Anthropocentrism

The Anthropocentrism (Greek anthropos ” human” and kentron ” center” which means man in the center) is a concept opposed to theocentrism , which highlights the importance of man as a being endowed with intelligence and hence free to carry out their actions in the world.

 

Anthropocentrism

Symbol of Humanist Anthropocentrism: Vitruvian Man (1590) by Leonardo da Vinci

 

In other words, anthropocentrism is a philosophical doctrine or science of the human being, so that man represents the central figure, being responsible for his actions (whether cultural, social, historical and philosophical) as well as the main reference for understanding the world.

 

Difference between Theocentrism and Anthropocentrism

In contrast, Theocentrism (God at the center of the world) is related to religion, whose things are like that because God put them that way in the world.

 

With no chance of scientific questioning, theocentrism was a very widespread concept during the Middle Ages, where religion had a central place in the life of the population.

 

However, with Renaissance humanism and other transformations that Europe underwent in the 15th and 16th century (great navigations, invention of the press, Protestant reform, decline of the feudal system, emergence of the bourgeoisie, scientism, etc.), anthropocentrism emerges as a measure of inspiration to scholars (philosophers and artists), who had the intention of bringing up issues based on empiricist scientism .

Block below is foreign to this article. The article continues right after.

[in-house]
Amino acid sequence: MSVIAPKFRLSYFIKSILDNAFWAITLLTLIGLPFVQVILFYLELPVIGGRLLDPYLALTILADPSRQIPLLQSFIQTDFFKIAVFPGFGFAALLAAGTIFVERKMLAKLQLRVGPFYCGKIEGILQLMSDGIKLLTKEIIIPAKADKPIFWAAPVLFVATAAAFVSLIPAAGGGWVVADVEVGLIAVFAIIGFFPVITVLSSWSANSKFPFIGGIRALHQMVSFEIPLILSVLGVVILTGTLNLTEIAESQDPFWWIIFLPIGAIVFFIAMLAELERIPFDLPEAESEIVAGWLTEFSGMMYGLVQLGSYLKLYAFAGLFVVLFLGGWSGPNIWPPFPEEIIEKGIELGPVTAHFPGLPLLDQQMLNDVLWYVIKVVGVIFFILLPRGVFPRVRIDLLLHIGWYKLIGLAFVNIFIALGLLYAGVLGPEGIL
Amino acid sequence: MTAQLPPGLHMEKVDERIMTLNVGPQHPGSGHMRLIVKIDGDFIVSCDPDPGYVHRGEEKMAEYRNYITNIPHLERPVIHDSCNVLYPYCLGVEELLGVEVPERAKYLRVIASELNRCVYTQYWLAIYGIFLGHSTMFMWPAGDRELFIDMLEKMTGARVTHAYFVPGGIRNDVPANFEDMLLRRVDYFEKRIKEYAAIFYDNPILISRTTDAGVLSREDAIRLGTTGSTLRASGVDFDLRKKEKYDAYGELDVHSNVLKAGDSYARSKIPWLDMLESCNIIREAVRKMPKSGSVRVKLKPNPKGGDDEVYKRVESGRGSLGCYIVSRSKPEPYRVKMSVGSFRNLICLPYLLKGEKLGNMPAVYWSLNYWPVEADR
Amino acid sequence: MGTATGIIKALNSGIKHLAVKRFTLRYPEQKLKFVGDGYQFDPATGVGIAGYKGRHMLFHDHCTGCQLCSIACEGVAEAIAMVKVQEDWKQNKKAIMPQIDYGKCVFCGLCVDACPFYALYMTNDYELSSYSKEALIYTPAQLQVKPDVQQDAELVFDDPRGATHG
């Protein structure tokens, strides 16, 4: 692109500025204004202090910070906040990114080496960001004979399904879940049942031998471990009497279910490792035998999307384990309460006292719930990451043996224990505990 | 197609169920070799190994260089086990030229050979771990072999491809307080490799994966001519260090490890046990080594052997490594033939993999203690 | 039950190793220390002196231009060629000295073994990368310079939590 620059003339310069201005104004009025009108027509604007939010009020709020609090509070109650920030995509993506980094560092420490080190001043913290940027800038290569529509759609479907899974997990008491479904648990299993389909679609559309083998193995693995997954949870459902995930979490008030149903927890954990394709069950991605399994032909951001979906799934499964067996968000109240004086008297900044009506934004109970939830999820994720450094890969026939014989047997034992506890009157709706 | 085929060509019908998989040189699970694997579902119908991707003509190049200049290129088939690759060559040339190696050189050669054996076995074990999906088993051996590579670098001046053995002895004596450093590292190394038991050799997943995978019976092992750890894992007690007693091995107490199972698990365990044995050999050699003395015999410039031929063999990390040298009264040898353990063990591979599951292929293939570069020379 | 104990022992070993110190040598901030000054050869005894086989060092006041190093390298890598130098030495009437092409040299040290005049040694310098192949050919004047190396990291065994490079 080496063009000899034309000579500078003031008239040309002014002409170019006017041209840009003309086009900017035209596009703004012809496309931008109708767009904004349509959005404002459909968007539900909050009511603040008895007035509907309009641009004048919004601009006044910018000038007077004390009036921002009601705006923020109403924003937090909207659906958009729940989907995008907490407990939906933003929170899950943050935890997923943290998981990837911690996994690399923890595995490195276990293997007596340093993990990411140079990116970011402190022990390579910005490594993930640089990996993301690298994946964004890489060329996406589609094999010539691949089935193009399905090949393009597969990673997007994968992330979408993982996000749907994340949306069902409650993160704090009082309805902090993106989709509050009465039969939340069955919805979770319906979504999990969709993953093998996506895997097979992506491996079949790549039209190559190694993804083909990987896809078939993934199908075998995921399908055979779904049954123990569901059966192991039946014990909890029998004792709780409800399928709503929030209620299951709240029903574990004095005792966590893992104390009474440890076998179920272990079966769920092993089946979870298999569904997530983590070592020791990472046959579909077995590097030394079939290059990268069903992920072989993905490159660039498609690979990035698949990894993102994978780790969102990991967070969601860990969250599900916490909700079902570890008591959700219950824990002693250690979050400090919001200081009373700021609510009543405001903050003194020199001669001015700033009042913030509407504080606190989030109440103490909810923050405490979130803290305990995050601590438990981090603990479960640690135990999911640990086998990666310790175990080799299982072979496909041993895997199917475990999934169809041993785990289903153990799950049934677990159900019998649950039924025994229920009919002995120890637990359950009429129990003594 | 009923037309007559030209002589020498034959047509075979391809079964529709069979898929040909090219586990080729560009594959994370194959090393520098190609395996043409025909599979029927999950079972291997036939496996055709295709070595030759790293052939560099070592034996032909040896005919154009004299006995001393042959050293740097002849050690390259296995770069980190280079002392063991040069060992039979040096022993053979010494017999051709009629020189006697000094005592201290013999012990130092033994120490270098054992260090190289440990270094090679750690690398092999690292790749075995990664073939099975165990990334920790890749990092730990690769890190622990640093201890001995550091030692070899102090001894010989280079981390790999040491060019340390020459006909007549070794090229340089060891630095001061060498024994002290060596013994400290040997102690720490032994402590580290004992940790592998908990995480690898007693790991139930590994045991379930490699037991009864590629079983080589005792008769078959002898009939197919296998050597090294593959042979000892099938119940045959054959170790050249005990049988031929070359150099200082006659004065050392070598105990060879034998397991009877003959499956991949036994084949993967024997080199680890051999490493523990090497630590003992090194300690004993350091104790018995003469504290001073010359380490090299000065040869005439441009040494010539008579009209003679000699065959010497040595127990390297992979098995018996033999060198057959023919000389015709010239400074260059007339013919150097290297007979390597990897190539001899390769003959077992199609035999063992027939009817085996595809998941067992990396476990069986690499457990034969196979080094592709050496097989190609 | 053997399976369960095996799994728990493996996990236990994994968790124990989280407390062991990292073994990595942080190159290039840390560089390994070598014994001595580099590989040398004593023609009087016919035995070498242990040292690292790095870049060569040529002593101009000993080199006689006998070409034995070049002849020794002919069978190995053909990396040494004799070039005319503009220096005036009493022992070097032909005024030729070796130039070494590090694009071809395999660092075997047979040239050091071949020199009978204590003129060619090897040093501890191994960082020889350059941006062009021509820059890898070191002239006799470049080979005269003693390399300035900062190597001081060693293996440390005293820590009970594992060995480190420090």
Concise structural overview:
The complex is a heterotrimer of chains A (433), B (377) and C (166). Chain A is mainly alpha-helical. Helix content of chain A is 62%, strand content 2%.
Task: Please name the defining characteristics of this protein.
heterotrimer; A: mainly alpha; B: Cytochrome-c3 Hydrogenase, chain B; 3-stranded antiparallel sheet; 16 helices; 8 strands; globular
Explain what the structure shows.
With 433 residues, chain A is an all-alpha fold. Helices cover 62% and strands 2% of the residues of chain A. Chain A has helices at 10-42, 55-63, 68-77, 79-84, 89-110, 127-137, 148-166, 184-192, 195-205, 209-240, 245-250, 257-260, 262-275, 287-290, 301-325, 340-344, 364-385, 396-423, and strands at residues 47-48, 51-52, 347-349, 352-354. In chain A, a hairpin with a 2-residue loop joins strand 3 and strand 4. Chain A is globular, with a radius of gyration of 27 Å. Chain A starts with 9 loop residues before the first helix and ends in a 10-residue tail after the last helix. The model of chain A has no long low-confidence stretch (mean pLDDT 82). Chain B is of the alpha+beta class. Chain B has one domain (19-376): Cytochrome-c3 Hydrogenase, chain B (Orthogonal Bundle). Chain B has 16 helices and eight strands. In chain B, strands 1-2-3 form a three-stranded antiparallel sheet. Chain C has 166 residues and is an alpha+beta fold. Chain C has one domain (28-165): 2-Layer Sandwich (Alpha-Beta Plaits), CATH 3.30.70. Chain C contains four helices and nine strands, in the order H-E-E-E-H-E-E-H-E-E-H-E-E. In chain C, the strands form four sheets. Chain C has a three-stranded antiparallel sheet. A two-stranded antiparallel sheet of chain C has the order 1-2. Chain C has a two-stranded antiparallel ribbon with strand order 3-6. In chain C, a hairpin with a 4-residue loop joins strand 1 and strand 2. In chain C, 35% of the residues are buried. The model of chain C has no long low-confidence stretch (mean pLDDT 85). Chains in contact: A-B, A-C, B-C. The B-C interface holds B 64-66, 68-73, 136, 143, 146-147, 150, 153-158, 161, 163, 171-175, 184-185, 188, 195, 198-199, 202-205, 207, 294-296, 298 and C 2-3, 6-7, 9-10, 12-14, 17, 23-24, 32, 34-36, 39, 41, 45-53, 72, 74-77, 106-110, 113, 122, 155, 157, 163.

Faced with this change in mentality and breaking of paradigms in relation to the previous era, a rational, critical and questioning man appears with his own reality, therefore responsible for his thoughts and actions in the world.

 

Thus, at that moment, anthropocentrism represented the transition from feudalism to mercantile capitalism, or even from the transition from the Middle Ages to the Modern Age.

 

In this sense, several fields of knowledge cultivated this new worldview, based on human beings, nature and society, just like the arts in general (literature, painting, sculpture, music, etc.) as well as philosophy.

 

It was at this time that humanists encouraged the inclusion of disciplines in the academic universe, important for the development of this new mentality: philosophy, languages, literature, arts, humanities and sciences.

 

It is worth noting that God was not left out altogether, because the “divine” was still part of people’s lives, however, it became not the only true thing, based on the Bible.

 

In such a way, the truth would be closely related to human rationality (reason) which would designate the gift sent by the Lord, that is, something divine that should be explored before the power of man as the image and likeness of God.

 

This human independence from God led the human being to reflect, create, disseminate and produce knowledge, and in this way, to great scientific discoveries, as well as to the evolution of human thought.

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